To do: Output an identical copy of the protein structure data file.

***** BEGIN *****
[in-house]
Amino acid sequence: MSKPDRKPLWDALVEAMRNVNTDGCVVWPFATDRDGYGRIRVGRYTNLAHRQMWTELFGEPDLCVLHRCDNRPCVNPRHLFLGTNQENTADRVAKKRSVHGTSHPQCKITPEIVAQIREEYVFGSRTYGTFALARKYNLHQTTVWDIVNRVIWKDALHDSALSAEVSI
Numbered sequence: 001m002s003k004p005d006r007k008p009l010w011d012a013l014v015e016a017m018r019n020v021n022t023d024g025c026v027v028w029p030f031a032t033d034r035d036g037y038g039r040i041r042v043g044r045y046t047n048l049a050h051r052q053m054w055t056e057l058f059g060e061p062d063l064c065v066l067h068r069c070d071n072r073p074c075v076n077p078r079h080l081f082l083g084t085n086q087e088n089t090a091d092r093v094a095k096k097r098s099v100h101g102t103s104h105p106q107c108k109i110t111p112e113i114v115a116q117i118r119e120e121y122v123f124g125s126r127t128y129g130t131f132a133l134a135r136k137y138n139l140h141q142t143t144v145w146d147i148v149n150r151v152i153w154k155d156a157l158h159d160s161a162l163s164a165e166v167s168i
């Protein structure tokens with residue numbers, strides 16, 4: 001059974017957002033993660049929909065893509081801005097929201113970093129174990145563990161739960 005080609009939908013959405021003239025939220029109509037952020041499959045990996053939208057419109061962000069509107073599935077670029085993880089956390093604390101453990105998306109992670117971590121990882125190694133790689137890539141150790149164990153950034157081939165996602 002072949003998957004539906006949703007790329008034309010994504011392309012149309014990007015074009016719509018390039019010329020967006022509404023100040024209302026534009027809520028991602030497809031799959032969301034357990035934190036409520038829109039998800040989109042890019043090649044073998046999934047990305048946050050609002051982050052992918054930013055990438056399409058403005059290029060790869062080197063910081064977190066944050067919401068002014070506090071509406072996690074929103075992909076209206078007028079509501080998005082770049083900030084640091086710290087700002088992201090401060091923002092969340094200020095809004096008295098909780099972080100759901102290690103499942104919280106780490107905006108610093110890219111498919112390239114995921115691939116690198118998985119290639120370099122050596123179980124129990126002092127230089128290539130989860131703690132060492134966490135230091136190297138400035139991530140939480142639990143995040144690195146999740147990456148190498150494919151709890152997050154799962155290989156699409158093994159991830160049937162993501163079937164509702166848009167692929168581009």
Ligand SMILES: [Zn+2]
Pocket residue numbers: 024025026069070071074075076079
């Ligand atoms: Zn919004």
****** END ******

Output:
[in-house]
Amino acid sequence: MSKPDRKPLWDALVEAMRNVNTDGCVVWPFATDRDGYGRIRVGRYTNLAHRQMWTELFGEPDLCVLHRCDNRPCVNPRHLFLGTNQENTADRVAKKRSVHGTSHPQCKITPEIVAQIREEYVFGSRTYGTFALARKYNLHQTTVWDIVNRVIWKDALHDSALSAEVSI
Numbered sequence: 001m002s003k004p005d006r007k008p009l010w011d012a013l014v015e016a017m018r019n020v021n022t023d024g025c026v027v028w029p030f031a032t033d034r035d036g037y038g039r040i041r042v043g044r045y046t047n048l049a050h051r052q053m054w055t056e057l058f059g060e061p062d063l064c065v066l067h068r069c070d071n072r073p074c075v076n077p078r079h080l081f082l083g084t085n086q087e088n089t090a091d092r093v094a095k096k097r098s099v100h101g102t103s104h105p106q107c108k109i110t111p112e113i114v115a116q117i118r119e120e121y122v123f124g125s126r127t128y129g130t131f132a133l134a135r136k137y138n139l140h141q142t143t144v145w146d147i148v149n150r151v152i153w154k155d156a157l158h159d160s161a162l163s164a165e166v167s168i
């Protein structure tokens with residue numbers, strides 16, 4: 001059974017957002033993660049929909065893509081801005097929201113970093129174990145563990161739960 005080609009939908013959405021003239025939220029109509037952020041499959045990996053939208057419109061962000069509107073599935077670029085993880089956390093604390101453990105998306109992670117971590121990882125190694133790689137890539141150790149164990153950034157081939165996602 002072949003998957004539906006949703007790329008034309010994504011392309012149309014990007015074009016719509018390039019010329020967006022509404023100040024209302026534009027809520028991602030497809031799959032969301034357990035934190036409520038829109039998800040989109042890019043090649044073998046999934047990305048946050050609002051982050052992918054930013055990438056399409058403005059290029060790869062080197063910081064977190066944050067919401068002014070506090071509406072996690074929103075992909076209206078007028079509501080998005082770049083900030084640091086710290087700002088992201090401060091923002092969340094200020095809004096008295098909780099972080100759901102290690103499942104919280106780490107905006108610093110890219111498919112390239114995921115691939116690198118998985119290639120370099122050596123179980124129990126002092127230089128290539130989860131703690132060492134966490135230091136190297138400035139991530140939480142639990143995040144690195146999740147990456148190498150494919151709890152997050154799962155290989156699409158093994159991830160049937162993501163079937164509702166848009167692929168581009």
Ligand SMILES: [Zn+2]
Pocket residue numbers: 024025026069070071074075076079
């Ligand atoms: Zn919004």